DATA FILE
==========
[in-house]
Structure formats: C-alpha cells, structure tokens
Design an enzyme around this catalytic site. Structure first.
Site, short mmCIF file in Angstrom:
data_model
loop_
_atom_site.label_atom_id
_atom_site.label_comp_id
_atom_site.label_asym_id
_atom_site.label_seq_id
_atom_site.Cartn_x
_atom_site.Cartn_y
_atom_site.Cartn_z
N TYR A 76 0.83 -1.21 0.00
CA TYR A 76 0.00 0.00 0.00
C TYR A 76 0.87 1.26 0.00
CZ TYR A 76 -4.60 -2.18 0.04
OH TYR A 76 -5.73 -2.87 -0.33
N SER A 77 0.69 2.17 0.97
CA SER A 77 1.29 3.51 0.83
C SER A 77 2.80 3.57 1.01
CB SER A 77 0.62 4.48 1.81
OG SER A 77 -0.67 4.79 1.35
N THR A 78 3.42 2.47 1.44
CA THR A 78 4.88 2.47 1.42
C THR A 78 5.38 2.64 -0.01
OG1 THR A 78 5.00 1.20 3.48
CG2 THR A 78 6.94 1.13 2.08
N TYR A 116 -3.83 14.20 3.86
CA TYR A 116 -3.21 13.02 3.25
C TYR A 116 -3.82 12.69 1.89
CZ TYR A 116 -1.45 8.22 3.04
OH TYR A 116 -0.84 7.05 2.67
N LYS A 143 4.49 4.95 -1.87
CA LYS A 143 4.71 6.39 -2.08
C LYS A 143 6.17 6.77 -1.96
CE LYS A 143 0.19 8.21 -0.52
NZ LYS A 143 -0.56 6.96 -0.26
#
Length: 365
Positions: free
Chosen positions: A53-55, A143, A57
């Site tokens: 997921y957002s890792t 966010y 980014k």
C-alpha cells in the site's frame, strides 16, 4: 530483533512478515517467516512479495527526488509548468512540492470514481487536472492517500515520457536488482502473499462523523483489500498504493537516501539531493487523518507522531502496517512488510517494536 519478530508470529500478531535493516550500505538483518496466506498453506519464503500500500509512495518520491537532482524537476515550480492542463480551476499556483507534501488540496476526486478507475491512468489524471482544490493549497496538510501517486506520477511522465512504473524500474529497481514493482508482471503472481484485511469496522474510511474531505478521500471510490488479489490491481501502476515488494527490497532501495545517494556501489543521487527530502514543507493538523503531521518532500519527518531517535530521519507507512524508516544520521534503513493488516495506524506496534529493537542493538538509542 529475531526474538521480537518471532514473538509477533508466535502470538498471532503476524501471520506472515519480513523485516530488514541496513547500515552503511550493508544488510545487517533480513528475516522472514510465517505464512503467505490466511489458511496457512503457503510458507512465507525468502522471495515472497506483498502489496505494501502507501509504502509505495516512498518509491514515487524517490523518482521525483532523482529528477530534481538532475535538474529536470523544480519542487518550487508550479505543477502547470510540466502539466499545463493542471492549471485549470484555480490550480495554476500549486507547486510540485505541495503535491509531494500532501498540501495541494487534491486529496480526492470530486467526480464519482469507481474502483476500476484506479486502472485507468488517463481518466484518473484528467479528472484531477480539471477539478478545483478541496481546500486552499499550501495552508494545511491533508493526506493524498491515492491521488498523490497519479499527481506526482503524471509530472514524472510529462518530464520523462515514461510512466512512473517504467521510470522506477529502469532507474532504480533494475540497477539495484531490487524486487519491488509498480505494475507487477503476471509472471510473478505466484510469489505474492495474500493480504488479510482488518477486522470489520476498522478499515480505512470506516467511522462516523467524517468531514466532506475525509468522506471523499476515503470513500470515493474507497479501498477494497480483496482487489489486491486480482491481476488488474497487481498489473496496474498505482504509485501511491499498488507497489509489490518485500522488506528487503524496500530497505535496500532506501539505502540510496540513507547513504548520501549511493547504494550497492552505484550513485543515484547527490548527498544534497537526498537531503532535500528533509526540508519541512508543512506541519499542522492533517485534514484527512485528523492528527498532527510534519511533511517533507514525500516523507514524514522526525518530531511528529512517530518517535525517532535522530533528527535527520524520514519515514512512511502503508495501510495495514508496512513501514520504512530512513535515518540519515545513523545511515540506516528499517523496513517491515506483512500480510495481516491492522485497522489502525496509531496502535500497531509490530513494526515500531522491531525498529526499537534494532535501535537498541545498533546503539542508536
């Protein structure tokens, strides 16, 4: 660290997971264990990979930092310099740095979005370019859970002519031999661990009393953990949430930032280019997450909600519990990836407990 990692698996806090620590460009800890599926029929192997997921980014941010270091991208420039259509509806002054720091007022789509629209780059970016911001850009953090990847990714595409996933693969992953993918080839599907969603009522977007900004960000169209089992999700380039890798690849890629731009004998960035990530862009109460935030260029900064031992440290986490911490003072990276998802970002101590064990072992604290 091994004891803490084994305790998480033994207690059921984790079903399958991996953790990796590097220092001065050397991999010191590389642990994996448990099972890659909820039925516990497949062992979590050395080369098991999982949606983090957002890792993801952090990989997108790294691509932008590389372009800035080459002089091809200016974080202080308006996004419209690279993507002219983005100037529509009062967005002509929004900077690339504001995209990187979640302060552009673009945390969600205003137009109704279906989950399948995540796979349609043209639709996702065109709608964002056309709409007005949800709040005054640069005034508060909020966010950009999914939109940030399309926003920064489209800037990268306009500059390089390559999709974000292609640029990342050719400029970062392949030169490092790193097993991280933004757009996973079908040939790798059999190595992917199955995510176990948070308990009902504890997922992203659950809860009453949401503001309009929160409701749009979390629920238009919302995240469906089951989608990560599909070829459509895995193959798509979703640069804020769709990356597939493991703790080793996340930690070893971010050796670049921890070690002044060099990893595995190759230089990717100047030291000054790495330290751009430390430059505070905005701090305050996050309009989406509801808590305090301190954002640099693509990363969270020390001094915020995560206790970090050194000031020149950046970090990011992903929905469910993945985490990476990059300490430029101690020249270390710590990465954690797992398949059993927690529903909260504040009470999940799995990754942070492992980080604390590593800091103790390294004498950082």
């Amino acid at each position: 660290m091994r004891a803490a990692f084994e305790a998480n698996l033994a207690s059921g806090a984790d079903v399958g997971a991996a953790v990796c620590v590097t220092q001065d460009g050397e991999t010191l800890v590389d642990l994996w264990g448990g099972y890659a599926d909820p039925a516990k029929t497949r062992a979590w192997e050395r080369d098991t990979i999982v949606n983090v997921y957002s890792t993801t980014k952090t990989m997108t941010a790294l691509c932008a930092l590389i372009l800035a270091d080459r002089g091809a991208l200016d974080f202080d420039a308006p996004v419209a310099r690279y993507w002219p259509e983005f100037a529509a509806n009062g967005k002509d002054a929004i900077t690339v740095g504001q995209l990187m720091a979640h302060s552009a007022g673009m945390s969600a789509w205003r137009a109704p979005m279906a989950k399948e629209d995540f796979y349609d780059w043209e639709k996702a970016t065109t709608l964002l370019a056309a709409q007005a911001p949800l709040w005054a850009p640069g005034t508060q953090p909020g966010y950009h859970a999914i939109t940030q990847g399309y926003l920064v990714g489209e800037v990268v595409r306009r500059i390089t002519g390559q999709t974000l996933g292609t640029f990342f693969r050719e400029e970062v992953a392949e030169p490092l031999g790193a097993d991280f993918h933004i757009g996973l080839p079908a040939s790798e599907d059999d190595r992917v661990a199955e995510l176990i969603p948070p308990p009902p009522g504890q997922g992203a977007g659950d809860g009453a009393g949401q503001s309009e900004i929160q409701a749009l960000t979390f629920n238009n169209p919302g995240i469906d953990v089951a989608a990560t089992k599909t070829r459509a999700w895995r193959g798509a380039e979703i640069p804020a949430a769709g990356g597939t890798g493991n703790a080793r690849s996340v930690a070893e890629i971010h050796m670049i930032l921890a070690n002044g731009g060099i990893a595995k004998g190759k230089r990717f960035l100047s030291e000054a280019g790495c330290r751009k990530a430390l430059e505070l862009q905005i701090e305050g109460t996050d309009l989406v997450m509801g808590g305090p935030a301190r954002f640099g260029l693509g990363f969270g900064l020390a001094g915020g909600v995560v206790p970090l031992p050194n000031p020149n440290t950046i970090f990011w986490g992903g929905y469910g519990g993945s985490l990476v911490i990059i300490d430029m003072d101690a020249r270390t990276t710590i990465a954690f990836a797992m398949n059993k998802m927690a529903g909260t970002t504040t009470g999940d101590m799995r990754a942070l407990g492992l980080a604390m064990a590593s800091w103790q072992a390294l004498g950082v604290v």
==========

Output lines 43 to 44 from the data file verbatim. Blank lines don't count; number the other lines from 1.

């Site tokens: 997921y957002s890792t 966010y 980014k």
C-alpha cells in the site's frame, strides 16, 4: 530483533512478515517467516512479495527526488509548468512540492470514481487536472492517500515520457536488482502473499462523523483489500498504493537516501539531493487523518507522531502496517512488510517494536 519478530508470529500478531535493516550500505538483518496466506498453506519464503500500500509512495518520491537532482524537476515550480492542463480551476499556483507534501488540496476526486478507475491512468489524471482544490493549497496538510501517486506520477511522465512504473524500474529497481514493482508482471503472481484485511469496522474510511474531505478521500471510490488479489490491481501502476515488494527490497532501495545517494556501489543521487527530502514543507493538523503531521518532500519527518531517535530521519507507512524508516544520521534503513493488516495506524506496534529493537542493538538509542 529475531526474538521480537518471532514473538509477533508466535502470538498471532503476524501471520506472515519480513523485516530488514541496513547500515552503511550493508544488510545487517533480513528475516522472514510465517505464512503467505490466511489458511496457512503457503510458507512465507525468502522471495515472497506483498502489496505494501502507501509504502509505495516512498518509491514515487524517490523518482521525483532523482529528477530534481538532475535538474529536470523544480519542487518550487508550479505543477502547470510540466502539466499545463493542471492549471485549470484555480490550480495554476500549486507547486510540485505541495503535491509531494500532501498540501495541494487534491486529496480526492470530486467526480464519482469507481474502483476500476484506479486502472485507468488517463481518466484518473484528467479528472484531477480539471477539478478545483478541496481546500486552499499550501495552508494545511491533508493526506493524498491515492491521488498523490497519479499527481506526482503524471509530472514524472510529462518530464520523462515514461510512466512512473517504467521510470522506477529502469532507474532504480533494475540497477539495484531490487524486487519491488509498480505494475507487477503476471509472471510473478505466484510469489505474492495474500493480504488479510482488518477486522470489520476498522478499515480505512470506516467511522462516523467524517468531514466532506475525509468522506471523499476515503470513500470515493474507497479501498477494497480483496482487489489486491486480482491481476488488474497487481498489473496496474498505482504509485501511491499498488507497489509489490518485500522488506528487503524496500530497505535496500532506501539505502540510496540513507547513504548520501549511493547504494550497492552505484550513485543515484547527490548527498544534497537526498537531503532535500528533509526540508519541512508543512506541519499542522492533517485534514484527512485528523492528527498532527510534519511533511517533507514525500516523507514524514522526525518530531511528529512517530518517535525517532535522530533528527535527520524520514519515514512512511502503508495501510495495514508496512513501514520504512530512513535515518540519515545513523545511515540506516528499517523496513517491515506483512500480510495481516491492522485497522489502525496509531496502535500497531509490530513494526515500531522491531525498529526499537534494532535501535537498541545498533546503539542508536